He had known something was off the moment he talked to her.

There was that paranoia again, making him think it was something he had done and she hated him. No matter how many times he had been proven wrong, he still felt it seeping in on occasion. Maybe that a normal side effect of dating – no, being engaged to – his perfect woman. There was a constant fear of fucking it up, of saying the wrong thing, and of scaring her away. That one day, she would realize how crazy it was to be with him and come to her senses.

He had gotten better at pushing that to the back of his mind and trying to be logical about it. She loved him, she had said yes when he proposed – why would she do that if she wanted to leave? Why would she agree to try for a child together if she wanted to leave?

He found that asking those questions quelled his fears and made it easier to focus on cheering her up. Food was his way of coping with a bad day, so cooking something for her to enjoy upon her arrival to their home was what he settled for. A night in after a long weekend away would do her some good.

When she arrived home and began to explain what had happened, he was both relieved that he hadn't done anything and concerned that someone else would coerce her into running.

This had more to do with a judgmental mother and stepfather than it did him. His fear was replaced with anger. Anger that a man could be so focused on money that he would put thoughts in his wife's head about supporting an engagement that probably wouldn't work out. What made it worse was that those thoughts had transferred to her daughter, leaving her upset and uncertain.

They didn't have faith in their relationship because her past two hadn't worked out. It was stupid logic, he knew, but he still wondered if she was starting to question things too, so of course he had asked the question. They had agreed on complete honesty, after all.

She still wanted to get married. He felt the relief at his core.

Her stepfather's opinion and refusal to pay didn't even matter. He had never expected anyone but the two of them to foot the bill for their wedding. The two of them were well off thanks to some less than legal moves by their other selves, so they didn't need them. They didn't need anyone's approval or help. It was their day, and they could do whatever the hell they wanted. They could elope, for all he cared. As long as he was with her, the details didn't matter.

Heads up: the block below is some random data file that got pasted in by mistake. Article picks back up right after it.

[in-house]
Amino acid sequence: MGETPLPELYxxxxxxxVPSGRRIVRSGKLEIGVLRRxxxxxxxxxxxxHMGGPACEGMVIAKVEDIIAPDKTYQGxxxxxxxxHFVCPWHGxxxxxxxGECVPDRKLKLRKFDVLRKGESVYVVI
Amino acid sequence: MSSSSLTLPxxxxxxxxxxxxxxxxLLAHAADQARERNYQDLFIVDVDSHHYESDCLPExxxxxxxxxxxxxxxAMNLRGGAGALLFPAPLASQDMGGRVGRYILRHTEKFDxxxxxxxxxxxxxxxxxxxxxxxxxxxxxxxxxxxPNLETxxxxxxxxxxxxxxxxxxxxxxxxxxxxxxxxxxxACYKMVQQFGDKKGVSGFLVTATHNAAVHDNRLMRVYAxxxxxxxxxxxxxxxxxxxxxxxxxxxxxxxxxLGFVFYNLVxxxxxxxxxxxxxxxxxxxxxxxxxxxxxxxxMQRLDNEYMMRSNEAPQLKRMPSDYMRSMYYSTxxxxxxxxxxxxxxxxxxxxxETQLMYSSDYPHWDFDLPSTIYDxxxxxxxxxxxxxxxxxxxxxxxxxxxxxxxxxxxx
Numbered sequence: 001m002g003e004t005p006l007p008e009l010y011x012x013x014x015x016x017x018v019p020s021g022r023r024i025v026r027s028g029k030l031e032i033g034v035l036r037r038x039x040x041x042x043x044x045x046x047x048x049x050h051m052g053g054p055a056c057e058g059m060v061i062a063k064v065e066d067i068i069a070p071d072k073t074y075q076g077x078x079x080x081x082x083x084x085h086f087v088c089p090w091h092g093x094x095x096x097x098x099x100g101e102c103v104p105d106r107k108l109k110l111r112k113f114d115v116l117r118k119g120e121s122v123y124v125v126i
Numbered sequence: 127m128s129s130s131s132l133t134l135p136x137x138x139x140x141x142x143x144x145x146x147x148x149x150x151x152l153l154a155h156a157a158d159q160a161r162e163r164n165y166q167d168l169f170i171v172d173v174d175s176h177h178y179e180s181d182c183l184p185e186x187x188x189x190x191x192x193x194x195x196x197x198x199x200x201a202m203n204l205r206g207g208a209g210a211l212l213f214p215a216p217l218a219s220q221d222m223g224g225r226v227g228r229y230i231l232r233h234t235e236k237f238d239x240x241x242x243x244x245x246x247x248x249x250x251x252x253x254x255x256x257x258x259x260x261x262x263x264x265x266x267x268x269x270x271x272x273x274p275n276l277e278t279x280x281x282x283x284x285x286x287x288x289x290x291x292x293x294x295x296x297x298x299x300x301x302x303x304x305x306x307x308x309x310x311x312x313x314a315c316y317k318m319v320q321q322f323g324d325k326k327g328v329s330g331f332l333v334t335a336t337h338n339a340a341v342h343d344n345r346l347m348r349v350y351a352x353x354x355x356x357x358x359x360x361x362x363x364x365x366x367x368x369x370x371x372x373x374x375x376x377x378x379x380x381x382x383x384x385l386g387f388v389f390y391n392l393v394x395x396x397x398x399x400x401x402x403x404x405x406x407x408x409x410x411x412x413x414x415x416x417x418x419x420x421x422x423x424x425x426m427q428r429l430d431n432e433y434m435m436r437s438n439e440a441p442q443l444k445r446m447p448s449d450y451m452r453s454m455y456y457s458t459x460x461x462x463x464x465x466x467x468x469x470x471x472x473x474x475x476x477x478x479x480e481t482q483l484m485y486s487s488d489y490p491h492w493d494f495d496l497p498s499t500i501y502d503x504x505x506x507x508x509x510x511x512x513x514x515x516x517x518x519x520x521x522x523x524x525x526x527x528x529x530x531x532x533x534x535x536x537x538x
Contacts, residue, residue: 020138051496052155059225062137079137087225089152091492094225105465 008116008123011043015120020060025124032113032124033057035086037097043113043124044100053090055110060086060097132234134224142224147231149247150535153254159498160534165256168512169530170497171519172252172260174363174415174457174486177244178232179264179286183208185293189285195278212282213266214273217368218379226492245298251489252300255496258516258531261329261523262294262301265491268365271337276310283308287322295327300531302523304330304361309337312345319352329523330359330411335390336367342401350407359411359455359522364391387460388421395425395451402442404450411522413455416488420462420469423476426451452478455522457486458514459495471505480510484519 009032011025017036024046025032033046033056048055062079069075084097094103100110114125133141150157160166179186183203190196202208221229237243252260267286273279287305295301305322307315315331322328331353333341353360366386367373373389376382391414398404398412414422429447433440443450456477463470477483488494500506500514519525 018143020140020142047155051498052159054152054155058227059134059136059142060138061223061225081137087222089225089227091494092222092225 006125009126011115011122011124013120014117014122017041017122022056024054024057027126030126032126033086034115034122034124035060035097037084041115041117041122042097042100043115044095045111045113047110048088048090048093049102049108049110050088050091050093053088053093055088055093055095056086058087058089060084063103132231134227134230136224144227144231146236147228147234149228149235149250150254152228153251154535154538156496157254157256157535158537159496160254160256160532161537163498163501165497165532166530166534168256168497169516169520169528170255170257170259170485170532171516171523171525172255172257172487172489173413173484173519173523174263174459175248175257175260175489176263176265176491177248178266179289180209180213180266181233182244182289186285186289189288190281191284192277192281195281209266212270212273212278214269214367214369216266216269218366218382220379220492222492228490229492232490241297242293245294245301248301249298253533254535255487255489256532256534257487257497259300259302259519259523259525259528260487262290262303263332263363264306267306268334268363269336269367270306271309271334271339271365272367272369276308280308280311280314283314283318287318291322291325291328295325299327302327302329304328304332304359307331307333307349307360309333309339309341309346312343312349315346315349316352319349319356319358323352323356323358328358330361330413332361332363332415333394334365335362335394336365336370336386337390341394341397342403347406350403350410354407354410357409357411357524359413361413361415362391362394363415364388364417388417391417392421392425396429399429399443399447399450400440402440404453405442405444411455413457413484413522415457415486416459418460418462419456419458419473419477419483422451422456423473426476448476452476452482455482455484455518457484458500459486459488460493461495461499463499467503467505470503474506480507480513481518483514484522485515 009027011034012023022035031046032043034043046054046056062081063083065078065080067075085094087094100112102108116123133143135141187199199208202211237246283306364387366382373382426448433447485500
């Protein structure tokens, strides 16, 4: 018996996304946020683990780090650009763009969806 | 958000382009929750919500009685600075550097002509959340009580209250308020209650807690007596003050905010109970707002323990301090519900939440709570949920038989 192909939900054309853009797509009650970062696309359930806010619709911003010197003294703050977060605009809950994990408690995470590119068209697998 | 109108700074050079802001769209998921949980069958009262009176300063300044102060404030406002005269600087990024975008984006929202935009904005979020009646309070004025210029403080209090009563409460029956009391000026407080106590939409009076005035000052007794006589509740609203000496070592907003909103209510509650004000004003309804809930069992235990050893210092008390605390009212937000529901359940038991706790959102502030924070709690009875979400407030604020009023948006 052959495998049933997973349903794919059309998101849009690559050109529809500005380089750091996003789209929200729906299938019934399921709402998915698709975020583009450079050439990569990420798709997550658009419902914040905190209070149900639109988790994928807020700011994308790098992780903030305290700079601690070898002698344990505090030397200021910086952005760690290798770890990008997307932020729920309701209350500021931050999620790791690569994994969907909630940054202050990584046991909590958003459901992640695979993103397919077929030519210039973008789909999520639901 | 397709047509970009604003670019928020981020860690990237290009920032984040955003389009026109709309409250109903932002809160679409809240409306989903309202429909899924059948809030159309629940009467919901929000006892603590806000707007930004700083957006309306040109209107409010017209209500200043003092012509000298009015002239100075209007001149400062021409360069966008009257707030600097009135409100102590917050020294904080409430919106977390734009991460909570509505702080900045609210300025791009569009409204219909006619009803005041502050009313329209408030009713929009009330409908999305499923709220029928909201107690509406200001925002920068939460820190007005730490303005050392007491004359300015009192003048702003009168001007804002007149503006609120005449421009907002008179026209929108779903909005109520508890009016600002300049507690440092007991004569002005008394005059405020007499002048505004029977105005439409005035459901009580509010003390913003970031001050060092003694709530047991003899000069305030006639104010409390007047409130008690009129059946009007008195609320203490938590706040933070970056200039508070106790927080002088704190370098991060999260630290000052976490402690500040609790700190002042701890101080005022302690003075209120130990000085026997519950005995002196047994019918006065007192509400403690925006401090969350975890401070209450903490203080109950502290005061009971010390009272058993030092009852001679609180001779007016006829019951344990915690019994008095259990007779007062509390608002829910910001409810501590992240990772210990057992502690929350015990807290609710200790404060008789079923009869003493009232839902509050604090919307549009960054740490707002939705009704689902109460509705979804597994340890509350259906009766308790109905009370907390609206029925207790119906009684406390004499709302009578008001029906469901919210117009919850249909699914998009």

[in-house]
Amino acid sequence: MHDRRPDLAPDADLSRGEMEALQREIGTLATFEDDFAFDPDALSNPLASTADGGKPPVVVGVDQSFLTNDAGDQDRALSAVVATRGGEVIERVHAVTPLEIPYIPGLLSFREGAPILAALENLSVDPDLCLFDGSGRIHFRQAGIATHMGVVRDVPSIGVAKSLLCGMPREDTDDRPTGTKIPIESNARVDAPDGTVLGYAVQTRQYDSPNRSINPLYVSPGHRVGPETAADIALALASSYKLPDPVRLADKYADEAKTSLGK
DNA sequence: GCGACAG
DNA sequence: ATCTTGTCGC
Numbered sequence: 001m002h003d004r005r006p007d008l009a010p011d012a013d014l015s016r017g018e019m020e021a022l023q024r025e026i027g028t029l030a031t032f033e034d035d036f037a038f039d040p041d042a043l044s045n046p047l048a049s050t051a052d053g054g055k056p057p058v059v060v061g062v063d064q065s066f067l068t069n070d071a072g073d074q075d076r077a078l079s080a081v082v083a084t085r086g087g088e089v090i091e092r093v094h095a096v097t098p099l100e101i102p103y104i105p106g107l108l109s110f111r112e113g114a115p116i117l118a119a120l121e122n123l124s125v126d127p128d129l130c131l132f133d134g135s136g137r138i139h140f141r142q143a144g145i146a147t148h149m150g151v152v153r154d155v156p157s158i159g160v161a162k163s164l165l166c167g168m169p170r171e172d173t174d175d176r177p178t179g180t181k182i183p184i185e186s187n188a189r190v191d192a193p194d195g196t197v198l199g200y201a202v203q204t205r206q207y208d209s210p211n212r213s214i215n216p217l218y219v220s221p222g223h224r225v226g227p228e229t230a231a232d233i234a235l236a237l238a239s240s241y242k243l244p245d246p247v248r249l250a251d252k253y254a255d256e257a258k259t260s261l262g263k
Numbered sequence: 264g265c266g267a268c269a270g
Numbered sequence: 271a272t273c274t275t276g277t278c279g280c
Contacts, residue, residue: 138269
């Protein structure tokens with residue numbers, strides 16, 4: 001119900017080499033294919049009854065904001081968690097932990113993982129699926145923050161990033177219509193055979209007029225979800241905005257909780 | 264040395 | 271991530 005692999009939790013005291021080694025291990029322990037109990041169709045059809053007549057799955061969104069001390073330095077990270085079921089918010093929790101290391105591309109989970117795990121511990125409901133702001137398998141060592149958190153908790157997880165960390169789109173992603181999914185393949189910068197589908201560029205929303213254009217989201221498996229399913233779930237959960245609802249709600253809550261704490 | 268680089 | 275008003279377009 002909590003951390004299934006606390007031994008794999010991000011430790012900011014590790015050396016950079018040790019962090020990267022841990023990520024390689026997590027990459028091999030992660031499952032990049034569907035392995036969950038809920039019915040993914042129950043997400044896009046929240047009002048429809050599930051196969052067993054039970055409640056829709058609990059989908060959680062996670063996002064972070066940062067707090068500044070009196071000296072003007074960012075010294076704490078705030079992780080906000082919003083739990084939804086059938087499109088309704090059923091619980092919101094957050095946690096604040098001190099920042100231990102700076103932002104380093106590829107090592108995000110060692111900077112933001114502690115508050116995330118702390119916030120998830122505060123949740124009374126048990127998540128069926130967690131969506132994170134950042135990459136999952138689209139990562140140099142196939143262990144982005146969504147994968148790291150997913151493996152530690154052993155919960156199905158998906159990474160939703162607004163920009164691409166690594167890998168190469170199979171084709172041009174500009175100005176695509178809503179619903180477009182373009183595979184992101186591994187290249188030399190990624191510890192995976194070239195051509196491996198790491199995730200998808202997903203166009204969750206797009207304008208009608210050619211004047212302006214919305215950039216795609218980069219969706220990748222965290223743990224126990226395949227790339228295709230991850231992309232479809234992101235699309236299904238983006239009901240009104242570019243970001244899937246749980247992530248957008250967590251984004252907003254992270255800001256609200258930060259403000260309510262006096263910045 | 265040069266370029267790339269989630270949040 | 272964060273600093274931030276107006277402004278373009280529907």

But he knew they did for her. Things like the dress and a big party. He knew their friends would be upset if they ran off and got hitched without telling him. Well, her friends, but he considered them his as well. His friends probably wouldn't care.

Before he realized what was happening, they were planning their wedding. Ideas were being tossed around. No, they couldn't elope and throw the party after, but they could invite everyone to an engagement party and turn it into a surprise wedding. No, he couldn't cook, as much as he might have wanted to, because it was their day and he shouldn't be doing that level of work. They were going to have an actual wedding, albeit a surprise one, not only to prove a point to her mother but because it was what they wanted. It was a way to appease everyone and still do things in their own, unique way.

The simplicity of planning a wedding, or at least figuring out what they needed to do, made him realize just how well they worked together. Being with her had opened his eyes to a lot of things. In the past, he had settled for the sake of being with someone or confused feelings of lust for love. For the first time, the woman he was with was compatible with him in every way. They both harbored mentally unstable people in their heads, for one – that was important.

In that moment, as they agreed this was what they were doing, he knew without a doubt that she was his soulmate, his proverbial one. He had never really believed in the idea of them before, but she had changed his point of view. She had managed to do that on a lot of things.

He didn't know how he had gotten so lucky, but he was done questioning it.